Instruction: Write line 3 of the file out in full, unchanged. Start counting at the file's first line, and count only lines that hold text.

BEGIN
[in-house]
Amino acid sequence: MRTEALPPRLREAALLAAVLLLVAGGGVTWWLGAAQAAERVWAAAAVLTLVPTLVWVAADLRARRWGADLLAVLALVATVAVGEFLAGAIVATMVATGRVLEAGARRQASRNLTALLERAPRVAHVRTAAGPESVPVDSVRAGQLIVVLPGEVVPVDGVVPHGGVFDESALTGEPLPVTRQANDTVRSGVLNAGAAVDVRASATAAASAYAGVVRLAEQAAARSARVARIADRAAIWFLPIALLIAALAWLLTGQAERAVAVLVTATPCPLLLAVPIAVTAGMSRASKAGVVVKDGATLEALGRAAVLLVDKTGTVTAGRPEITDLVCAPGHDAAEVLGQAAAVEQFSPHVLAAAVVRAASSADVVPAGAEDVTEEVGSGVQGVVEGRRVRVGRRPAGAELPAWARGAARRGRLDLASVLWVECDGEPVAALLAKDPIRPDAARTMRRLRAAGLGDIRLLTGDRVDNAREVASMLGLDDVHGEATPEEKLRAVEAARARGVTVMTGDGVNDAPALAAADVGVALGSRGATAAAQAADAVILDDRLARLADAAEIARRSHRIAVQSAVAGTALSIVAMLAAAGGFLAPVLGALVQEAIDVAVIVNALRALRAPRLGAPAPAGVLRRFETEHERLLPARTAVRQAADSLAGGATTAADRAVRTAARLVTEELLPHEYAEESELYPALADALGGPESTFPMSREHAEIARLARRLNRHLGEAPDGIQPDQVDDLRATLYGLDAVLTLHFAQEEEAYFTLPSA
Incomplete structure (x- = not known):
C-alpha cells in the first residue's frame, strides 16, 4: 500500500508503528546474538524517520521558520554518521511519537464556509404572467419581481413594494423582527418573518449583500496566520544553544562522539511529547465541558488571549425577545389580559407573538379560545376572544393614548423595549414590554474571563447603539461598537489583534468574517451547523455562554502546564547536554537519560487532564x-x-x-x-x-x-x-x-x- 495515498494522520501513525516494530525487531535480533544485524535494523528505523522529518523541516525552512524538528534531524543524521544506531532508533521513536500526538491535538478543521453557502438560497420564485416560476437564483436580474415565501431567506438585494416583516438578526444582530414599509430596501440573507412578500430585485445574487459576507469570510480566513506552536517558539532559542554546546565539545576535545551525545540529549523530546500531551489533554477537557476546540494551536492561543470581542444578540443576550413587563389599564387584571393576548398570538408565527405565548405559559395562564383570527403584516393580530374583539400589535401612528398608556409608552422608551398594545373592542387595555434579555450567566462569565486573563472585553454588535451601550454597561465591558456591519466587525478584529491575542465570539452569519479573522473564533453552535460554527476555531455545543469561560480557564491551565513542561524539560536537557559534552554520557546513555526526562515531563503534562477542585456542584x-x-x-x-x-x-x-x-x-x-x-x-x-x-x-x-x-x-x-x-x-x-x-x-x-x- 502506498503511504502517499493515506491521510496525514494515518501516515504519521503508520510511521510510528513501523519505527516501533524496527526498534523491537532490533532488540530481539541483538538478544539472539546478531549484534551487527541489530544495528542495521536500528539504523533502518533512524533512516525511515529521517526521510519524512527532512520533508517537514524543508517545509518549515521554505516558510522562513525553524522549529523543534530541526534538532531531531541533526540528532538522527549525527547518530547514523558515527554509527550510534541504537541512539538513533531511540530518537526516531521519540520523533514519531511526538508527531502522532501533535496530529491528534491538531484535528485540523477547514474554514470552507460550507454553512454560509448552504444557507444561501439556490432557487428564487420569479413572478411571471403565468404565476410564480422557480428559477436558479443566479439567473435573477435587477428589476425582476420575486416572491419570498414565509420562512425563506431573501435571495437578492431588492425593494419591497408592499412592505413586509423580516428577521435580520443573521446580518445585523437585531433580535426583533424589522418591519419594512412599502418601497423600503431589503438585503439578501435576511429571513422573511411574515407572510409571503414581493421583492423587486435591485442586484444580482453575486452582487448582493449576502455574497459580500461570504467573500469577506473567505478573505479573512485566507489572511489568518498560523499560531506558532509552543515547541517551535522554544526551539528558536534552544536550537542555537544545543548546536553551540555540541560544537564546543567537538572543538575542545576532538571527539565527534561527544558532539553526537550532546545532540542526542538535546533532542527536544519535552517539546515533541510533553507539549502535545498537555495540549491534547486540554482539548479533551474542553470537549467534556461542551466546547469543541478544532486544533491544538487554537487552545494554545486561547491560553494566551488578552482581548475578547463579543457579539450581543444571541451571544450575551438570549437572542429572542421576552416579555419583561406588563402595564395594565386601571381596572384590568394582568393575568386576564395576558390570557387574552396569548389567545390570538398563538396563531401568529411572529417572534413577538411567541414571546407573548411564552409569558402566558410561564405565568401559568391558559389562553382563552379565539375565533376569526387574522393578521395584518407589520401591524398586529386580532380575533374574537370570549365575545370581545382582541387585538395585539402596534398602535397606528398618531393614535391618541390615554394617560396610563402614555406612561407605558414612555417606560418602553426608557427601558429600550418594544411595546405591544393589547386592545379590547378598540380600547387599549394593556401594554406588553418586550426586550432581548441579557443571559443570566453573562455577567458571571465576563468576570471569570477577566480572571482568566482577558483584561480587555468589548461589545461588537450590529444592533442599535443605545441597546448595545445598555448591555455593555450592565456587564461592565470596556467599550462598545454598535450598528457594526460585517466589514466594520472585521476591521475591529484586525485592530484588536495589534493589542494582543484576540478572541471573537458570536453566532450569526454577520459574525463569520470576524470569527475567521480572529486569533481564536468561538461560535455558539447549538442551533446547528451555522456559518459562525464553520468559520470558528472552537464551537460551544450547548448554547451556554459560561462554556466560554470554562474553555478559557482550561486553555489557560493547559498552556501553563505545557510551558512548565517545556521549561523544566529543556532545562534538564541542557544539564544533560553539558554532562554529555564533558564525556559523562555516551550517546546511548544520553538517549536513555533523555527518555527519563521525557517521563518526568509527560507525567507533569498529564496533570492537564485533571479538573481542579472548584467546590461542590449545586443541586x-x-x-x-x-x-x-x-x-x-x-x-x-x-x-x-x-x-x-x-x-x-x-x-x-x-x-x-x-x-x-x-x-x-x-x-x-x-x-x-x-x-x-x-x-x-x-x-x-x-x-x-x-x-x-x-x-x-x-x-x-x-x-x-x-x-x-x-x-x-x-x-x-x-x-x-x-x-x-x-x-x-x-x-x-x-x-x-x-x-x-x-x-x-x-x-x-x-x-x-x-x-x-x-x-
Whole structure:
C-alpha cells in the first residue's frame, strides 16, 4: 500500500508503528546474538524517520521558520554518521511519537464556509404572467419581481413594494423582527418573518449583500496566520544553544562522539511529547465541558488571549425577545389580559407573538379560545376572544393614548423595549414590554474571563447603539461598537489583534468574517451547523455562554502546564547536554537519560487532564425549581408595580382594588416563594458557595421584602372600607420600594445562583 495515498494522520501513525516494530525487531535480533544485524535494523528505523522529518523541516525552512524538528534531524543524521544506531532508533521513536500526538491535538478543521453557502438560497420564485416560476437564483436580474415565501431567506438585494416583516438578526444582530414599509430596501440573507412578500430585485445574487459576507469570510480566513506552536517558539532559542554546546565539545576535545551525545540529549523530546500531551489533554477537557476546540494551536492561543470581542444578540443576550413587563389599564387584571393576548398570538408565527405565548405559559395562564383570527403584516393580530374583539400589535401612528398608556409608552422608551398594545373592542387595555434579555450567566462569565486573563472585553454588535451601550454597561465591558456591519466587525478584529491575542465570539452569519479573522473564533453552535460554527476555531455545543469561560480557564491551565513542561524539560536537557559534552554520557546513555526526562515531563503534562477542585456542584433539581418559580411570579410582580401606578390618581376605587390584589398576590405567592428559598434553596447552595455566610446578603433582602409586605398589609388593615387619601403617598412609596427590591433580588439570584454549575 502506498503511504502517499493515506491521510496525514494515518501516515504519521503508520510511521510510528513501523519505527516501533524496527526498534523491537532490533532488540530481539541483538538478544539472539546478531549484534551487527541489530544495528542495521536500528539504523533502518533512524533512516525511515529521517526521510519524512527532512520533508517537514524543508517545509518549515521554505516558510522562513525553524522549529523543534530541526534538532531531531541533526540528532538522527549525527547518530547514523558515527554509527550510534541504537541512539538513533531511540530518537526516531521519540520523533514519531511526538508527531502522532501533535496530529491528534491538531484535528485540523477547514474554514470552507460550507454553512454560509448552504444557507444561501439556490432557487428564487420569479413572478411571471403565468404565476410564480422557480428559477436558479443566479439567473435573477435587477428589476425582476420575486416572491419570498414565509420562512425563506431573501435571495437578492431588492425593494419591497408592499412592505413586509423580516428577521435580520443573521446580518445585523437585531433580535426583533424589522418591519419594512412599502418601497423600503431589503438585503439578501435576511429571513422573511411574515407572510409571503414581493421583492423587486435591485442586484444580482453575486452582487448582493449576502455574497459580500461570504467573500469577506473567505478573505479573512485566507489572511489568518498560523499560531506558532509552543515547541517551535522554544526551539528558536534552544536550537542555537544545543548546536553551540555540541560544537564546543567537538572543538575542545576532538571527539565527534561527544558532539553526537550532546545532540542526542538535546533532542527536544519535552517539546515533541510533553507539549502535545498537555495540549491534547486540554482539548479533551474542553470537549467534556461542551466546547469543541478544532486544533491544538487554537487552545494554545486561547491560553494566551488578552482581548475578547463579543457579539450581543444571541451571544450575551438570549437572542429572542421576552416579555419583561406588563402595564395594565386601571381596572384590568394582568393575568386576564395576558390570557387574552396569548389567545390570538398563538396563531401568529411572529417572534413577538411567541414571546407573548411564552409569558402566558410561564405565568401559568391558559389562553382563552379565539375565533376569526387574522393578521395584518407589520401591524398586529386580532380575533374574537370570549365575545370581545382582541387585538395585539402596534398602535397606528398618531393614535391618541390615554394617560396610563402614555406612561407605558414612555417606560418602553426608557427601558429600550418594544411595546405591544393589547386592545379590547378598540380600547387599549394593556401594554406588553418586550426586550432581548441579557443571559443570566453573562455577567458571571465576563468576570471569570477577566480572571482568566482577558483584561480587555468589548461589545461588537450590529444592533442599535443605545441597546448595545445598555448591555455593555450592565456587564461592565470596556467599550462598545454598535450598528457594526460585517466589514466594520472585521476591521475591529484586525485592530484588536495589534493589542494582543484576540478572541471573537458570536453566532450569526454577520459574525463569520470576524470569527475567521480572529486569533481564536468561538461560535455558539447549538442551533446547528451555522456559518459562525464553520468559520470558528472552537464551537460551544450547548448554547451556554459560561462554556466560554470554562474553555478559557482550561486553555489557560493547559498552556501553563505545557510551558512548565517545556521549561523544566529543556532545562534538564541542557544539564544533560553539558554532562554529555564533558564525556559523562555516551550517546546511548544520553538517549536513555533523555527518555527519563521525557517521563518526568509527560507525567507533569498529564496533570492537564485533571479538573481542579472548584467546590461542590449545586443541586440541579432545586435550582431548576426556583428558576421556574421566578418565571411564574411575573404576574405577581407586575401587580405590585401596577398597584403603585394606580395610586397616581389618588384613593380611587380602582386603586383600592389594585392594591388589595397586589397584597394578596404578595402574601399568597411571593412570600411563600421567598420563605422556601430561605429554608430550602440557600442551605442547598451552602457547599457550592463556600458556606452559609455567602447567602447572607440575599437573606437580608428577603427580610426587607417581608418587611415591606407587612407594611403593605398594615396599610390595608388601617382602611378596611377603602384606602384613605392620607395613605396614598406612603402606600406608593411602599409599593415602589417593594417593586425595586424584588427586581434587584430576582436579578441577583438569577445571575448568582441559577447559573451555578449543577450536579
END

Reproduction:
Incomplete structure (x- = not known):